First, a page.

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iPad gives tingly light vibration electrocution when plugged into mains

45810 Views 76 Replies Latest reply: Mar 27, 2014 5:18 PM by JoshFromGeorgetown RSS
  • Mongy Calculating status...
    Hey Carl,
    You could be right, I don't have a passion for electronics or physics in general it has to be said, but it's just I was not necessarily persuaded by your fairly obvious arrogance, well that and some minor research :

    Even without the benefit(?) of studying hole flow theory, I can appreciate that stationary electricity is a vast over simplification. All I am suggesting is that a lack of movement at some level is implied by it's name clearly consisting of electro and static. I am fairly confident that the word 'static' predates the human comprehension of anything electrical, and it's therefor likely that whoever first coined the phrase static electricity employed it accordingly.

    I am sure a man like you who presumably collects Higgs bosons for a hobby armed with nothing more than a pair of tweezers while sneering at CERN employees for taking so long - could explain to us why static electricity is named as such.

    Or you could call me stupid again.
    Ipad, iOS 4
  • Rurouni76 Calculating status...
    Hi Mary, just wondering if the charger you used in the end looked like this?

    It has a 6 foot cable and looks like that probably has a proper ground pin on the plug.
    iMac 24"
  • Itsadoozy Level 1 Level 1 (0 points)
    Carl Wolf, are you here on the "support" forum to support or to ridicule and mock?

    If you want to look clever, act like nice people like Mary who go overboard to share helpful supportive advice.

    Your pathetic ridiculing makes you look dumb, no matter how clever you may be.

    The clue is in the word "support".

    Message was edited by: Itsadoozy
    Mac Pro, Macbook, iPod Touch, iPhone 3GS, iPad 16G, Mac OS X (10.6.4)
  • Itsadoozy Level 1 Level 1 (0 points)
    "Hi Mary, just wondering if the charger you used in the end looked like this?

    It has a 6 foot cable and looks like that probably has a proper ground pin on the plug."

    That charger has the earthed mains lead, so this would definately overcome the issue.
    Mac Pro, Macbook, iPod Touch, iPhone 3GS, iPad 16G, Mac OS X (10.6.4)
  • MaryA in the UK Calculating status...

    It looks just like it, yes... please remember I am in the UK. That link takes me to a U.S. website. I note also you said 'probably' has a ground pin. The supply that came with the original Ipad had a ground pin adapter which was a dummy, not connected to anything. Just because it's there physically doesn't mean it's an actual ground. With respect, you would need to find this out, not assume. Maybe someone from Apple could respond.
    Mac OS X (10.5.8), iPad, 2iMacs, Macbook
  • Itsadoozy Level 1 Level 1 (0 points)
    Mac Pro, Macbook, iPod Touch, iPhone 3GS, iPad 16G, Mac OS X (10.6.4)
  • Madmole Level 1 Level 1 (10 points)
    The iPad charger adapter is stamped double insulated so no chance of a short to the secondary so its safe, and therefore it doesnt require an earth (having taken one to pieces I'm not sure how they can claim it is double insulated!!!)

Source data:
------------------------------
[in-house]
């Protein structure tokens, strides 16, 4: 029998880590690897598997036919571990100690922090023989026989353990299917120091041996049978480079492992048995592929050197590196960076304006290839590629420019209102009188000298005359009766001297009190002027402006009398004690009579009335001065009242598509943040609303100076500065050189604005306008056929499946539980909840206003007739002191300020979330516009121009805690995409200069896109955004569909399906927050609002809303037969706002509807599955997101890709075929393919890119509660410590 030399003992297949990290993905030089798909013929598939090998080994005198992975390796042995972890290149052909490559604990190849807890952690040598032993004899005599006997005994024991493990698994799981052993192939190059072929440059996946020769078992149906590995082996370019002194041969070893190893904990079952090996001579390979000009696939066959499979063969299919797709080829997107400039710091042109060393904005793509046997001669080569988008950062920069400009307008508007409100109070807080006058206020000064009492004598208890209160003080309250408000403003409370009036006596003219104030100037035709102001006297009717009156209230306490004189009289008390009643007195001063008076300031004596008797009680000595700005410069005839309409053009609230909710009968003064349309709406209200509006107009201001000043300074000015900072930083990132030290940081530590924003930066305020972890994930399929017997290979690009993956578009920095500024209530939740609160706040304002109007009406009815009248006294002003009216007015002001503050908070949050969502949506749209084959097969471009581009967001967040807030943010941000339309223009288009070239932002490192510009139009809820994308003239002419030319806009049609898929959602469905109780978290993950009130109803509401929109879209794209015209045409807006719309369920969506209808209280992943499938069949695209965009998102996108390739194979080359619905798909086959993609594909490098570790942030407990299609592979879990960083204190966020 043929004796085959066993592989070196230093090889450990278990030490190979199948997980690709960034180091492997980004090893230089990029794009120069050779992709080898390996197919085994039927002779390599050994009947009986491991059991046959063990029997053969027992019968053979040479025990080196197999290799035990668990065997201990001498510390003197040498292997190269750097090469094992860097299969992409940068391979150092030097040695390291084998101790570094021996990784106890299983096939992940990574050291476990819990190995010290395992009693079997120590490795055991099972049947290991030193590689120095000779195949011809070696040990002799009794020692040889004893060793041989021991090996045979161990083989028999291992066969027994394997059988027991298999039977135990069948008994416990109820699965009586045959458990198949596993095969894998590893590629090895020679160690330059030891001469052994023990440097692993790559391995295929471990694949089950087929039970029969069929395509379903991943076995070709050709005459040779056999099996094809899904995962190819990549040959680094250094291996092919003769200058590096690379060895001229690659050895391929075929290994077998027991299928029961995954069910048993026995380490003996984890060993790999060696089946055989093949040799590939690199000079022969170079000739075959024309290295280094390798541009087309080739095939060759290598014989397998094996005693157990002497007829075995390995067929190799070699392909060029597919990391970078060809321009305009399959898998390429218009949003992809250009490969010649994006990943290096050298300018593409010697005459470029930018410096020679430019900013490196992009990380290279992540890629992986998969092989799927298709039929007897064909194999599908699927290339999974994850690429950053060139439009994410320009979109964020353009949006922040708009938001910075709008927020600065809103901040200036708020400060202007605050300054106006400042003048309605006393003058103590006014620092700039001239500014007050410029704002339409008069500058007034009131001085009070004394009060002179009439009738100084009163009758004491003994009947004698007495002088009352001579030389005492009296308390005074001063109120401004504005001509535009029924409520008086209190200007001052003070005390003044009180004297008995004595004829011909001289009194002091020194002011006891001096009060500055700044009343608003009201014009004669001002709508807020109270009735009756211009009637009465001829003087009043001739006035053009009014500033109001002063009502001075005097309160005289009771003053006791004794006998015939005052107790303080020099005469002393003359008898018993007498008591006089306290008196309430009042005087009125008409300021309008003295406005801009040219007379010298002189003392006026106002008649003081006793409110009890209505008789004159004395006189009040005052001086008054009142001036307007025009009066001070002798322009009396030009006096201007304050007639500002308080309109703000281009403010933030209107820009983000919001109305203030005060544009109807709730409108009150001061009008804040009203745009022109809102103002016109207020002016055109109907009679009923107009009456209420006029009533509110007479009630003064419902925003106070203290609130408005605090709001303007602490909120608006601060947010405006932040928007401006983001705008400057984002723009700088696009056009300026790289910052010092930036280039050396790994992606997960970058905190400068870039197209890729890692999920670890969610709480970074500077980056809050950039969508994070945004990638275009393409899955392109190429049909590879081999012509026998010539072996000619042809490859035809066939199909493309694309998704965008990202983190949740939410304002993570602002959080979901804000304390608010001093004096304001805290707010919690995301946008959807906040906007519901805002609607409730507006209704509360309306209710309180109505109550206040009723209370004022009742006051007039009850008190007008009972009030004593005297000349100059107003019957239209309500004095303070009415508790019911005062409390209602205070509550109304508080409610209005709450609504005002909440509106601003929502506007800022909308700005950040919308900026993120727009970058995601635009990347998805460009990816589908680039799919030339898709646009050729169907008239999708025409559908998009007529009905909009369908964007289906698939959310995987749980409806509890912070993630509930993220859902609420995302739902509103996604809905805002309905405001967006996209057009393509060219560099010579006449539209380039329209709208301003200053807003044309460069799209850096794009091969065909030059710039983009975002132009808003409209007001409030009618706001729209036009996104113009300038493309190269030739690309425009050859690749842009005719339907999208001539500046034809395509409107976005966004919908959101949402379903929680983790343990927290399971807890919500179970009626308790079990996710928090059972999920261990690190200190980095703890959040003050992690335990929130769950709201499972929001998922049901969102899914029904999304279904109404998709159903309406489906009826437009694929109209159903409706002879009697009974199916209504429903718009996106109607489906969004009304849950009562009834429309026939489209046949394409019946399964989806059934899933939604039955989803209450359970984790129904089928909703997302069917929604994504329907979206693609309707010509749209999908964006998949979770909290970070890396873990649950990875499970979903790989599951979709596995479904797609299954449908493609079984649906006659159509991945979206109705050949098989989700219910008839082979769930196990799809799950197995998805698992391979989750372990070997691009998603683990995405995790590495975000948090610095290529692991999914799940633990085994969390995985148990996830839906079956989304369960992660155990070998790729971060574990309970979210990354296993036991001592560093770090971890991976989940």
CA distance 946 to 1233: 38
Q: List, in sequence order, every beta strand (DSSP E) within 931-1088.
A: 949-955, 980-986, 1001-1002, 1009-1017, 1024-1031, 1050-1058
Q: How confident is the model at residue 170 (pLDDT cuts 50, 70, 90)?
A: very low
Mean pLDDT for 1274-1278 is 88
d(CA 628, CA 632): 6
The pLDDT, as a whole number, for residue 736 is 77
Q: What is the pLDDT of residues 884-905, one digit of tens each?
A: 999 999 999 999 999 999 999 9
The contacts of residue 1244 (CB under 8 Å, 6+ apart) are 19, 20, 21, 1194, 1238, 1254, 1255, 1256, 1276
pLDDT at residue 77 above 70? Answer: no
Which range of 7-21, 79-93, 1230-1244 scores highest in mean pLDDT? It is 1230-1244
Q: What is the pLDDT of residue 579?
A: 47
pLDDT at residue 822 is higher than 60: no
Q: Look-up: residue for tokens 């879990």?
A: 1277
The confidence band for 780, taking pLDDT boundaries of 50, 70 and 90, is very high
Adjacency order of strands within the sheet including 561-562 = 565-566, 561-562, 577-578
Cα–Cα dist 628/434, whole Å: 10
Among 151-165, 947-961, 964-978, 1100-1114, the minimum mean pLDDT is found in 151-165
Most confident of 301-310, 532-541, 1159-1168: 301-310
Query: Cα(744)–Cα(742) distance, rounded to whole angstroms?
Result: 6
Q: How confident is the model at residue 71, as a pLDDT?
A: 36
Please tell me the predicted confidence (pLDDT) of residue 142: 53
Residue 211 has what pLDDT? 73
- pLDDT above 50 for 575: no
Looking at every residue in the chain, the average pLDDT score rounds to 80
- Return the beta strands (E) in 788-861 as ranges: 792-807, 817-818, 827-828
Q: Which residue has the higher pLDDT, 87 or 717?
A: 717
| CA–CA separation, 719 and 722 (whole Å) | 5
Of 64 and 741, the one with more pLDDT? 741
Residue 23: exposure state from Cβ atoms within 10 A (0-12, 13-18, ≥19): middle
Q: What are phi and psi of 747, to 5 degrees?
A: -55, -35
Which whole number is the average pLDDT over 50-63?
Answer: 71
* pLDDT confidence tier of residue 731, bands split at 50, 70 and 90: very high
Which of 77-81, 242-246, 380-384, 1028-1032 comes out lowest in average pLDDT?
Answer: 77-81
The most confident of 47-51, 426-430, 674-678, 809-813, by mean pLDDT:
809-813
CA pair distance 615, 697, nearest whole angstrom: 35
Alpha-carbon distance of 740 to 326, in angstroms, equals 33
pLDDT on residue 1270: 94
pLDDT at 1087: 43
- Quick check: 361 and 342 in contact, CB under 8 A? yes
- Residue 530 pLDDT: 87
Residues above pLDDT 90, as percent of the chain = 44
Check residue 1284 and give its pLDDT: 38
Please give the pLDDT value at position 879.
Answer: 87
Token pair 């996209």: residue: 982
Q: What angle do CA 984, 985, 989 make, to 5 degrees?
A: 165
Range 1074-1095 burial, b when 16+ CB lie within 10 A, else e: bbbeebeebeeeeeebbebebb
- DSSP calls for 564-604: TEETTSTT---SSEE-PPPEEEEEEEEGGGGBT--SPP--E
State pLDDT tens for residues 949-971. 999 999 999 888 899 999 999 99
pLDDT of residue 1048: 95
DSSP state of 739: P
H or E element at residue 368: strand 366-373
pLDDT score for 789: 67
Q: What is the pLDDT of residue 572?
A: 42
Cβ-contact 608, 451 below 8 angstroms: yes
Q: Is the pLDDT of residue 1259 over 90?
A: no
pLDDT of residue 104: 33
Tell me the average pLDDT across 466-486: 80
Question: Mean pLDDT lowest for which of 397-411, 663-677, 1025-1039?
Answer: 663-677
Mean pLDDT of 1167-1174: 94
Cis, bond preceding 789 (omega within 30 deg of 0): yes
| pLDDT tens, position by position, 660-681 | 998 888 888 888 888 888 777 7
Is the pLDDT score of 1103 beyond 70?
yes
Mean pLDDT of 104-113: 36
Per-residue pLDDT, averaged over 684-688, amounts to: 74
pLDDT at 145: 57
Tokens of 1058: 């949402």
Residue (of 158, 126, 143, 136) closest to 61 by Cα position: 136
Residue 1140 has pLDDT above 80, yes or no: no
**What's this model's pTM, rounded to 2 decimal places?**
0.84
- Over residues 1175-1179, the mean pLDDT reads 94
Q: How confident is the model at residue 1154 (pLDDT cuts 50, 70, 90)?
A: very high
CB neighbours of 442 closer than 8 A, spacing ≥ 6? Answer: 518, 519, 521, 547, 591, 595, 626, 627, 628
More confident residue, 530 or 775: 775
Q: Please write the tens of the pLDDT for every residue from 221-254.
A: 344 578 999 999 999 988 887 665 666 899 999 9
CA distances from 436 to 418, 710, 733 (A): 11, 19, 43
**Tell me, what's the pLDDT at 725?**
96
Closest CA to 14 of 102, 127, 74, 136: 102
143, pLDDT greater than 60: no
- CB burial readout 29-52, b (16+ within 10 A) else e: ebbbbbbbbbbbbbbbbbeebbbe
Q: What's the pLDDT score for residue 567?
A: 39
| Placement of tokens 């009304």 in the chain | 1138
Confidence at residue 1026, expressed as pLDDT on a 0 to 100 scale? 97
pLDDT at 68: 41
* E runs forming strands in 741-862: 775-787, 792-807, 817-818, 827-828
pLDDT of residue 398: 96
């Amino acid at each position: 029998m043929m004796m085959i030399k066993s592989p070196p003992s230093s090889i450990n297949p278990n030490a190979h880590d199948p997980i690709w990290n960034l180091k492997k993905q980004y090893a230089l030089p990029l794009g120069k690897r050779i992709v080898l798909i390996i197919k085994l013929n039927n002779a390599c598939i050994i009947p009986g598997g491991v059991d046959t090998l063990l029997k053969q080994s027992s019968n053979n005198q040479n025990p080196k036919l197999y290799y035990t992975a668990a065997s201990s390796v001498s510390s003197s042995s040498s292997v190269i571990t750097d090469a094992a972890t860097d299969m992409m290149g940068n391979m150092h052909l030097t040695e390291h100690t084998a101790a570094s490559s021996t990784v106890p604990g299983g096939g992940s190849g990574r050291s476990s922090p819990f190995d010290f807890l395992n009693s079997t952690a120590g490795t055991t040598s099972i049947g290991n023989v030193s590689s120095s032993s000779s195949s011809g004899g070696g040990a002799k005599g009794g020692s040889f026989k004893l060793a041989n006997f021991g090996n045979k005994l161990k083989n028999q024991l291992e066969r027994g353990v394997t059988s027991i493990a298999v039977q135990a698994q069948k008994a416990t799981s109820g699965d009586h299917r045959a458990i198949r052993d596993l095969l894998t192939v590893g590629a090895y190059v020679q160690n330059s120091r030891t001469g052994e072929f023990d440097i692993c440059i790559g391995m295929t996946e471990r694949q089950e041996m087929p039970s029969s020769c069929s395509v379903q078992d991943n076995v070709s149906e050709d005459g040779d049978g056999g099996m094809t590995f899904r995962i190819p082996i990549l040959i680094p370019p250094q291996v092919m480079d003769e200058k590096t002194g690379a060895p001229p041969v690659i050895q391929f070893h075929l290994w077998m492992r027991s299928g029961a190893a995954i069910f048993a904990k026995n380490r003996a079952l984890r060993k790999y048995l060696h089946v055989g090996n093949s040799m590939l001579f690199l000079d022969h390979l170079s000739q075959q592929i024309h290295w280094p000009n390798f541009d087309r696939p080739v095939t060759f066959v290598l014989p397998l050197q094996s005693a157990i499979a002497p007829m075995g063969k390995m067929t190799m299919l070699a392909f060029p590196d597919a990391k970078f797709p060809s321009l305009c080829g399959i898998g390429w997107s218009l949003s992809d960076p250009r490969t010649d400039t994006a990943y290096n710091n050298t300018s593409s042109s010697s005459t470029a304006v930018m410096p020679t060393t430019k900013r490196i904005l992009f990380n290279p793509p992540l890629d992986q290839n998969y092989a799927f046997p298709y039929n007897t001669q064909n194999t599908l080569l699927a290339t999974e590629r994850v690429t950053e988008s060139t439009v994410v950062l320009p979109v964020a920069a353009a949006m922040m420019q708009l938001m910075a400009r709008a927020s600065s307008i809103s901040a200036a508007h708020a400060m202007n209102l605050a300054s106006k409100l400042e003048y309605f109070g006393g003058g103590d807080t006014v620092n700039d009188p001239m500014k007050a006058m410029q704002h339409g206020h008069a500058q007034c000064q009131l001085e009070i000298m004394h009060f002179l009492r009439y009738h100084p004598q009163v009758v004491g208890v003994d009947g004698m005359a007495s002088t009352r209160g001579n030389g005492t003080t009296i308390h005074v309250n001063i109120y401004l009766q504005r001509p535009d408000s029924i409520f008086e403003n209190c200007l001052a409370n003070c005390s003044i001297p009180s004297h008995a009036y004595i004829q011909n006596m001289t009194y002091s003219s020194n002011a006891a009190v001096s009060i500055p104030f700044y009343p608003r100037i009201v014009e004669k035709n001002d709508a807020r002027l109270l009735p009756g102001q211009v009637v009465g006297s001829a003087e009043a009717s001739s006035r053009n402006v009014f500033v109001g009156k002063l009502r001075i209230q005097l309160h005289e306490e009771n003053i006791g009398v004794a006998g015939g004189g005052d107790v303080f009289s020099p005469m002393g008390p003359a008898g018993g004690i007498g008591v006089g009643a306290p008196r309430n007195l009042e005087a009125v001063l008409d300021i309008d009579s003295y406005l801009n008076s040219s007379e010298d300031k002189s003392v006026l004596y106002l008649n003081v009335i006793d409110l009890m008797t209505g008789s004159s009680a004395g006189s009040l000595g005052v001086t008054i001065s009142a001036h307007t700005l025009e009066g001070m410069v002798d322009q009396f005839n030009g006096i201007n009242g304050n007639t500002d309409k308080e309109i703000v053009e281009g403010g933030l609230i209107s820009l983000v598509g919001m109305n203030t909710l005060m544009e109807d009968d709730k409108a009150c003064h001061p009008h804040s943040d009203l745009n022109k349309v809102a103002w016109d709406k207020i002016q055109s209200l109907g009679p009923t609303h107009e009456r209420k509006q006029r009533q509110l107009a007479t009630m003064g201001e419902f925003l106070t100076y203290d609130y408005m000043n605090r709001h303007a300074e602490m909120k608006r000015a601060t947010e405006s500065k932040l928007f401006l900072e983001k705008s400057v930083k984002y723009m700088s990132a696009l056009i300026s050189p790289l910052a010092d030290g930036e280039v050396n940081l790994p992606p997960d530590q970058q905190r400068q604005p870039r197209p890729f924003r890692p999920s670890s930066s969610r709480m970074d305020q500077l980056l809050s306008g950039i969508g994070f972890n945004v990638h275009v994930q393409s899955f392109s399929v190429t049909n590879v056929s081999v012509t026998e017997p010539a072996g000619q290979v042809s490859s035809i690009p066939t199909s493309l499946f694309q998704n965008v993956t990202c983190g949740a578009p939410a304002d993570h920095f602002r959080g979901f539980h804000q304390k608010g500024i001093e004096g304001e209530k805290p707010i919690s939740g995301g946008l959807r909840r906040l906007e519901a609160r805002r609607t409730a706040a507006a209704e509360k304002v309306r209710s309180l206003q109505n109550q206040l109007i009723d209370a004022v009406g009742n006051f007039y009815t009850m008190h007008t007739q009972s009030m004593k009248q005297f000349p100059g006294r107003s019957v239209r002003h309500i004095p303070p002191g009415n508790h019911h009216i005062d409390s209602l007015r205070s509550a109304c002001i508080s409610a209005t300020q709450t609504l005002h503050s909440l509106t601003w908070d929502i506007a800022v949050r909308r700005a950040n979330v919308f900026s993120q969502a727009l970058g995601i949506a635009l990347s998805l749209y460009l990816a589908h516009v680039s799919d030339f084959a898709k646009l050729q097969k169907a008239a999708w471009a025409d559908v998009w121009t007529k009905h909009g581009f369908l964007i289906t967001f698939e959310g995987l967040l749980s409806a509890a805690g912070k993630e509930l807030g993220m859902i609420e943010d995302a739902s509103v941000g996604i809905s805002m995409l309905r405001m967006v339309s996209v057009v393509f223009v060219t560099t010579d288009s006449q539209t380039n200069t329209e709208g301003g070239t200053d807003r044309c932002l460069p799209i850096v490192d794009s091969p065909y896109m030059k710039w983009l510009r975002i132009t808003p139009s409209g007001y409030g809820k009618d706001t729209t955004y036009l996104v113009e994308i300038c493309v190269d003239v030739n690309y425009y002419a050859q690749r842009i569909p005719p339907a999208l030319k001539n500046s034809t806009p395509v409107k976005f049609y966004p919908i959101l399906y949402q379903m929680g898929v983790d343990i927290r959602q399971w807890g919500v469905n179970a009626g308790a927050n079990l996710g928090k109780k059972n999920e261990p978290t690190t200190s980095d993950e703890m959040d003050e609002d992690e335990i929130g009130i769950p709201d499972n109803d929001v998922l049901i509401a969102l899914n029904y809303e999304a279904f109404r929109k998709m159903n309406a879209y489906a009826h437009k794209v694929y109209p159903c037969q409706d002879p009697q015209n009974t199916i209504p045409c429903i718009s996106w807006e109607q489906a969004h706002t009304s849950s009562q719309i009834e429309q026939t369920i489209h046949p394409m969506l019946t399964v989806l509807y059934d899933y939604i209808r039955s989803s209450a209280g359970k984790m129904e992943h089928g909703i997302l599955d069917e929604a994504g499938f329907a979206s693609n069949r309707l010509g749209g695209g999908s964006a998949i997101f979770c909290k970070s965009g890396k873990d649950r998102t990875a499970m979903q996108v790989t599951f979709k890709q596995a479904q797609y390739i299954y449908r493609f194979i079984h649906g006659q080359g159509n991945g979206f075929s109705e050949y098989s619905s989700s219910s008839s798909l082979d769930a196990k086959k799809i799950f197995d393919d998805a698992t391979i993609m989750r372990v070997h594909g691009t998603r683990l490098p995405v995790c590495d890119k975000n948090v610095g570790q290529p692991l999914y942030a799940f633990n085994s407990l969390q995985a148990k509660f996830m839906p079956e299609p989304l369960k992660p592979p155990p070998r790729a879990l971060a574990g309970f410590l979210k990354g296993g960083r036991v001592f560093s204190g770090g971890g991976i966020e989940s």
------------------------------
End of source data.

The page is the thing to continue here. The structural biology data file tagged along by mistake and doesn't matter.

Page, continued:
However Apple have put size and form over function and omited a lot of the electrics that normal transformers have, thats why most 5V 1amp transformers are 3 times the size of the apple one

    The upshot of this is that the iPad adapter suffers from a floating ground. ie the 0V rail may or may not be at 0V. It has no real earth reference to tie the 0V to. So the 5V rail may not be at 5v either. In the case of one of mine the 5V rail is at 25v RMS and the chasis (0v rail) is at 20V. As long as the Potential difference between the 2 is 5v the iPad acts normally

    Now of course, when you insert the cable into the iPad the chasis makes contact with the 0V rail on the cable and the chassis goes to the level of your 0v reference. Hence if you supplys floating ground is well off then your chassis will become charged. How much depends on a lot of things. If you can feel it also depends on many things including how well you are earthed

    The Apple PSU from the MBA etc have better circuitry and therefore the reference voltage is nearer true 0V

    Is it dangerous, probably not, looking at the circuitry in the adapter I cant see the drift becoming more than 100v and the current will always be pretty low. Still its a design fault

    My worry is when you earth the pad (probably via you) you now had a voltage of in my case +25V supplying the pad, this will either charge it much faster or eventually blow something. One person is claiming 90V floating earth, this is not safe for the iPad and probably not good if you have a pacemaker or are an epileptic
    Lenovo T400, Windows 7
  • Reuben Feffer Level 2 Level 2 (195 points)
    I've noticed the same problem on MacBook Pros. If you use one while its plugged in to the mains, if you run your finger across its aluminium body, you feel this tingly light vibration in your finger. The sensation goes away as soon as you stop moving your finger.
    iMac (17-inch, Late 2006), 2GHz, 2GB RAM, 250GB Hard Drive, Mac OS X (10.6.4), iPhone 3GS (16GB), Apple TV (2nd generation)
  • Nyxd Calculating status...
    Same sensation here too. Even to the point that if you make skin to skin contact with someone touching the iPad the buzzing can be felt on their skin. Also happens with my MacBook pro and the metal bezel on my iPhone 3G.